Carbon monoxide down-regulates α4β1 integrin-specific ligand binding and cell adhesion: a possible mechanism for cell mobilization.

Chigaev A, Smagley Y, Sklar LA - BMC Immunol. (2014)

CO signaling cascade and small molecules used to modulate this pathway. Endogenous carbon monoxide is generated by heme oxygenase (HO). In cells CO reacts with hemeproteins. One of the CO receptors is the guanylyl cyclase (GC) that produces the intracellular messenger cyclic GMP (cGMP). cGMP interacts with the cGMP-dependent protein kinase (PKG), which phosphorylates multiple substrates, and participates in signal propagation. The carbon monoxide donor provides an exogenous source of CO. The natural HO substrate hemin increases CO production because conversion of heme into biliverdin represents the rate-limiting step in heme degradation [5]. The activator of soluble guanylyl cyclase binds to GC, and induces enzyme activation in the absence of CO. The cell permeable analog of cGMP diffuses across the plasma membrane, and thus, activates cGMP-dependent signaling.
© Copyright Policy - open-access
Related In: Results  -  Collection

License 1 - License 2
Show All Figures
getmorefigures.php?uid=PMC4221689&req=5

Fig1: CO signaling cascade and small molecules used to modulate this pathway. Endogenous carbon monoxide is generated by heme oxygenase (HO). In cells CO reacts with hemeproteins. One of the CO receptors is the guanylyl cyclase (GC) that produces the intracellular messenger cyclic GMP (cGMP). cGMP interacts with the cGMP-dependent protein kinase (PKG), which phosphorylates multiple substrates, and participates in signal propagation. The carbon monoxide donor provides an exogenous source of CO. The natural HO substrate hemin increases CO production because conversion of heme into biliverdin represents the rate-limiting step in heme degradation [5]. The activator of soluble guanylyl cyclase binds to GC, and induces enzyme activation in the absence of CO. The cell permeable analog of cGMP diffuses across the plasma membrane, and thus, activates cGMP-dependent signaling.
Mentions: Endogenous CO is produced inside cells as a product of enzymatic degradation of heme catalyzed by the enzyme heme oxygenase (HO) that consists of two isoforms: HO-1 is inducible, and HO-2 is a constitutive form [20]. HO is localized in the cytosol and mitochondria [21]. The major source of heme for CO production is hemoglobin, and other hemeproteins (Figure 1). CO has been shown to stimulate soluble guanylyl cyclase, stimulate vasodilatation, block cell proliferation, participate in neural transmission, and inhibit platelet aggregation (see [20] and references therein). CO targets several heme-containing proteins and soluble guanylyl cyclase (sGC) was recognized as the first and the most studied “CO receptor”. Multiple physiological effects including vasodilatation and platelet aggregation are attributed to the cGMP/PKG-dependent arm of the CO signaling pathway. Other signaling molecules such as p38 MAPK, ERK1/2, and JNK can be regulated through other “CO sensors” [20,22].Figure 1

Bottom Line: Moreover, cell treatment with hemin, a natural source of CO, resulted in comparable VLA-4 ligand dissociation.We conclude that the CO signaling pathway can rapidly down-modulate binding of the VLA-4 -specific ligand.We propose that CO-regulated integrin deactivation provides a basis for modulation of immune cell adhesion as well as rapid cell mobilization, for example as shown for splenic monocytes in response to surgically induced ischemia of the myocardium.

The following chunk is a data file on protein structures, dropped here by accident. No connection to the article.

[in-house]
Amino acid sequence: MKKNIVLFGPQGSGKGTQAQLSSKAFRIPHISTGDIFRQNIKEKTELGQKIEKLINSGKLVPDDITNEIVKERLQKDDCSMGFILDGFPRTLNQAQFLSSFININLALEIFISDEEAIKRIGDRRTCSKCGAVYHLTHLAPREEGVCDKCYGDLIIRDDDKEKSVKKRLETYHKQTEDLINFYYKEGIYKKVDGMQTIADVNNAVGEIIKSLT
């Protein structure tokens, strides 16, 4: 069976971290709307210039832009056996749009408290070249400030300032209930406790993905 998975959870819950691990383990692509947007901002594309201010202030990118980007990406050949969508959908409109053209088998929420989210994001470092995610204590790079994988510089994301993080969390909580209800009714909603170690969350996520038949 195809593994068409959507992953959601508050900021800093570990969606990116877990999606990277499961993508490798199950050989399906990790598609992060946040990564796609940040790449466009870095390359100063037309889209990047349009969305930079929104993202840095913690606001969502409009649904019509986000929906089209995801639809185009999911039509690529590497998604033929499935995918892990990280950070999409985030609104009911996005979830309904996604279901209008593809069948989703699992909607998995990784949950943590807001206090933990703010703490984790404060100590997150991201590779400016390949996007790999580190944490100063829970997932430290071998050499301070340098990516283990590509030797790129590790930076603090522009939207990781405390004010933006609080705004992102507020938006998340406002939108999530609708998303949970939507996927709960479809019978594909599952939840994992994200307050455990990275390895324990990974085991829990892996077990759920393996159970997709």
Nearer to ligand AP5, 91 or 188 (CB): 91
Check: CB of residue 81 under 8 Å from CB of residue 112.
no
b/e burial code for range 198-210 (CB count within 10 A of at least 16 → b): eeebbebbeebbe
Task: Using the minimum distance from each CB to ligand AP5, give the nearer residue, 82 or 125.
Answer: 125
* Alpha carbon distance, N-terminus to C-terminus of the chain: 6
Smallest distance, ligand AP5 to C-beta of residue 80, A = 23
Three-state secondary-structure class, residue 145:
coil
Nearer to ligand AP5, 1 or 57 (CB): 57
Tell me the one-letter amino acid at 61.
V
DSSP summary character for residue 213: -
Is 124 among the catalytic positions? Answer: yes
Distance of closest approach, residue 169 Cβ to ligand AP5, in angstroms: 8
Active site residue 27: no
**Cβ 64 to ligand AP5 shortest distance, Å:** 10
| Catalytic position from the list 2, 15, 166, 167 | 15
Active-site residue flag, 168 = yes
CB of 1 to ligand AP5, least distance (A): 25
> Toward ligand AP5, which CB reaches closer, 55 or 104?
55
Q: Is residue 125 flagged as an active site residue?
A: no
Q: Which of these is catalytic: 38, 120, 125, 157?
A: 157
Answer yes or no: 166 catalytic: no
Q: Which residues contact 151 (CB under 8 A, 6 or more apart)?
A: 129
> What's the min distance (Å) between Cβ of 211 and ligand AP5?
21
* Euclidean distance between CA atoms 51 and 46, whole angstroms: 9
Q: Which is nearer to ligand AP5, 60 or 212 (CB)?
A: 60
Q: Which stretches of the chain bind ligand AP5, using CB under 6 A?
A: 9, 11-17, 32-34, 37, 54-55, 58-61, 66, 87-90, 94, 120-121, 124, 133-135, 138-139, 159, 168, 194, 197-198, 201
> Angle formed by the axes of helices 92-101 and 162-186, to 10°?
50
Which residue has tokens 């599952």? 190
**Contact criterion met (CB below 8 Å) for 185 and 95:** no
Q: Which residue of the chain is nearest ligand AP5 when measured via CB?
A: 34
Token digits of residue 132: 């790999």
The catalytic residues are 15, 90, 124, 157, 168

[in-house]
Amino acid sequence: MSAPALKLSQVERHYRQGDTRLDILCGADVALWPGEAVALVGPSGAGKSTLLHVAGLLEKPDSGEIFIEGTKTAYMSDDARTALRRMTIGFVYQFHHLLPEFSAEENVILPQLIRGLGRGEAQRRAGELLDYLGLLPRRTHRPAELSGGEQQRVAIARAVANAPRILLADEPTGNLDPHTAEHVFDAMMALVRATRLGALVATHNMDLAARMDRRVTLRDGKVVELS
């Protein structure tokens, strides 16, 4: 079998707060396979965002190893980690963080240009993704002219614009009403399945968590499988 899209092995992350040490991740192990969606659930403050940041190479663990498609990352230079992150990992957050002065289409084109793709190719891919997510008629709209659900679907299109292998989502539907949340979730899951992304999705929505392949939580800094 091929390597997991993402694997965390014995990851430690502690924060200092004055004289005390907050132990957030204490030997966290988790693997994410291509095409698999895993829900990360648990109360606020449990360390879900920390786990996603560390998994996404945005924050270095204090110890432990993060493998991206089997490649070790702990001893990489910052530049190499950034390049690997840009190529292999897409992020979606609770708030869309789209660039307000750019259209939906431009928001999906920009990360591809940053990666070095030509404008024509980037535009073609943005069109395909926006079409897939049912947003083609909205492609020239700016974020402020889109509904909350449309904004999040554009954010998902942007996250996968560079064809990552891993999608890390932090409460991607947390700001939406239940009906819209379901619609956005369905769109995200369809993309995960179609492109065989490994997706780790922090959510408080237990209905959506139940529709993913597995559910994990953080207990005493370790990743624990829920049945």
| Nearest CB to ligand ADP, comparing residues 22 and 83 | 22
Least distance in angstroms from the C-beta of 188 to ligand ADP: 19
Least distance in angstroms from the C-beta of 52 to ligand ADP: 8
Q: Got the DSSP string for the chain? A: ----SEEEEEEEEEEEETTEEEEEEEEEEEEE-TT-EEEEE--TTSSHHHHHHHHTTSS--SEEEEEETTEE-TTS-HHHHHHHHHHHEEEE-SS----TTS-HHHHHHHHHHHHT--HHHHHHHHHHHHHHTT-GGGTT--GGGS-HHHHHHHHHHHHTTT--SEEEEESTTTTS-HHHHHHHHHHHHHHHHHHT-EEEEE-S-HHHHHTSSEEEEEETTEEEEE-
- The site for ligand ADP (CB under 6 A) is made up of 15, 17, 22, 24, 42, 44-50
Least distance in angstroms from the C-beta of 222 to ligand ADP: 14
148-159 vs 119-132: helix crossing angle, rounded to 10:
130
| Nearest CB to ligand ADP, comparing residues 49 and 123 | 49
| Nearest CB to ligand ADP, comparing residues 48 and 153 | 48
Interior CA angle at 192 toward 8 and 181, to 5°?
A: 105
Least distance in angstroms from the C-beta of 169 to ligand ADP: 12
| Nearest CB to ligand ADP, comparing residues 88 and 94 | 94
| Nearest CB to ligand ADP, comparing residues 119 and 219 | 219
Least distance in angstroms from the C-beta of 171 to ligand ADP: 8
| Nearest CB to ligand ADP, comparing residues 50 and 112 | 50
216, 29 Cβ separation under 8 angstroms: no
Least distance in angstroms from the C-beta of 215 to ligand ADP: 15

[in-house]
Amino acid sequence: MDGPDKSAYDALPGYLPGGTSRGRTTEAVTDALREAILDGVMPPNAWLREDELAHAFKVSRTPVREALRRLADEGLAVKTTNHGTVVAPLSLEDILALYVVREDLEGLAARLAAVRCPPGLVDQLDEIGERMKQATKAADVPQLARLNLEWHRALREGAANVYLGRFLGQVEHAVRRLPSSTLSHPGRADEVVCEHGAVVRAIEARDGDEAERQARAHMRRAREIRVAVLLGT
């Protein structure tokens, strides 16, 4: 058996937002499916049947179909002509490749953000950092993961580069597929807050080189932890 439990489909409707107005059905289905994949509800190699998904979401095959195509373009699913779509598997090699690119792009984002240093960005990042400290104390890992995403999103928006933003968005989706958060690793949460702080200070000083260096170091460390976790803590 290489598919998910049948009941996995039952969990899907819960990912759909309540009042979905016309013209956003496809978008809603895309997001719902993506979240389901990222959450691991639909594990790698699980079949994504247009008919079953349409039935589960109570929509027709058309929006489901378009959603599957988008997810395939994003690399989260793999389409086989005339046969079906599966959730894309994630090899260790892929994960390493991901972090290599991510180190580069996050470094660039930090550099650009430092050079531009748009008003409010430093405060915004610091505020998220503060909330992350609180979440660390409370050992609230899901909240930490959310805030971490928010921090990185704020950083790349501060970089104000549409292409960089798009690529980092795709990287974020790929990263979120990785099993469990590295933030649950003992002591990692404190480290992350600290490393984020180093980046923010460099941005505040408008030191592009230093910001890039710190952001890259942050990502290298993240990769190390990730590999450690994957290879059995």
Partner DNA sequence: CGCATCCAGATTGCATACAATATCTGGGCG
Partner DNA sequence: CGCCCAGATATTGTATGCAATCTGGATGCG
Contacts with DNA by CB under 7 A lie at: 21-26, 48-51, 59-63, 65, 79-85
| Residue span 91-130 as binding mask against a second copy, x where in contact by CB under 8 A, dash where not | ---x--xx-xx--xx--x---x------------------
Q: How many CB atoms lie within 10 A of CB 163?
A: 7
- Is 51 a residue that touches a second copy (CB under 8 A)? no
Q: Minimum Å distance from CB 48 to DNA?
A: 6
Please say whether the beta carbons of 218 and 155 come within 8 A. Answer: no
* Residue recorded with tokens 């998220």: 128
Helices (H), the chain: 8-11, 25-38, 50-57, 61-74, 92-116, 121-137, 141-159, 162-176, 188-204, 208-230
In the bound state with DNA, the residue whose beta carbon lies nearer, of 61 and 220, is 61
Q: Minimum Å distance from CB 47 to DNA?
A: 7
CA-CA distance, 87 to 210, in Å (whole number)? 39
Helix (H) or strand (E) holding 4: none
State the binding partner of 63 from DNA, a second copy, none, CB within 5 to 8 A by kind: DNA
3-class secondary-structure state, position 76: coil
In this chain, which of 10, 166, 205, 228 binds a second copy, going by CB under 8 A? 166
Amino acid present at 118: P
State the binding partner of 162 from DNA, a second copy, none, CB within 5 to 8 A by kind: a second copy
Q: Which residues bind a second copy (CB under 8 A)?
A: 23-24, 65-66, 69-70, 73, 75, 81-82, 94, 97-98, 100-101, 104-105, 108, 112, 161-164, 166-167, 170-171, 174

View Article: PubMed Central - PubMed

Affiliation: Department of Pathology and University of New Mexico Cancer Center, Albuquerque 87131, NM, USA. achigaev@salud.unm.edu.

ABSTRACT

Background: Carbon monoxide (CO), a byproduct of heme degradation, is attracting growing attention from the scientific community. At physiological concentrations, CO plays a role as a signal messenger that regulates a number of physiological processes. CO releasing molecules are under evaluation in preclinical models for the management of inflammation, sepsis, ischemia/reperfusion injury, and organ transplantation. Because of our discovery that nitric oxide signaling actively down-regulates integrin affinity and cell adhesion, and the similarity between nitric oxide and CO-dependent signaling, we studied the effects of CO on integrin signaling and cell adhesion.

Results: We used a cell permeable CO releasing molecule (CORM-2) to elevate intracellular CO, and a fluorescent Very Late Antigen-4 (VLA-4, α4β1-integrin)-specific ligand to evaluate the integrin state in real-time on live cells. We show that the binding of the ligand can be rapidly down-modulated in resting cells and after inside-out activation through several Gαi-coupled receptors. Moreover, cell treatment with hemin, a natural source of CO, resulted in comparable VLA-4 ligand dissociation. Inhibition of VLA-4 ligand binding by CO had a dramatic effect on cell-cell interaction in a VLA-4/VCAM-1-dependent cell adhesion system.

Conclusions: We conclude that the CO signaling pathway can rapidly down-modulate binding of the VLA-4 -specific ligand. We propose that CO-regulated integrin deactivation provides a basis for modulation of immune cell adhesion as well as rapid cell mobilization, for example as shown for splenic monocytes in response to surgically induced ischemia of the myocardium.

Show MeSH
Related in: MedlinePlus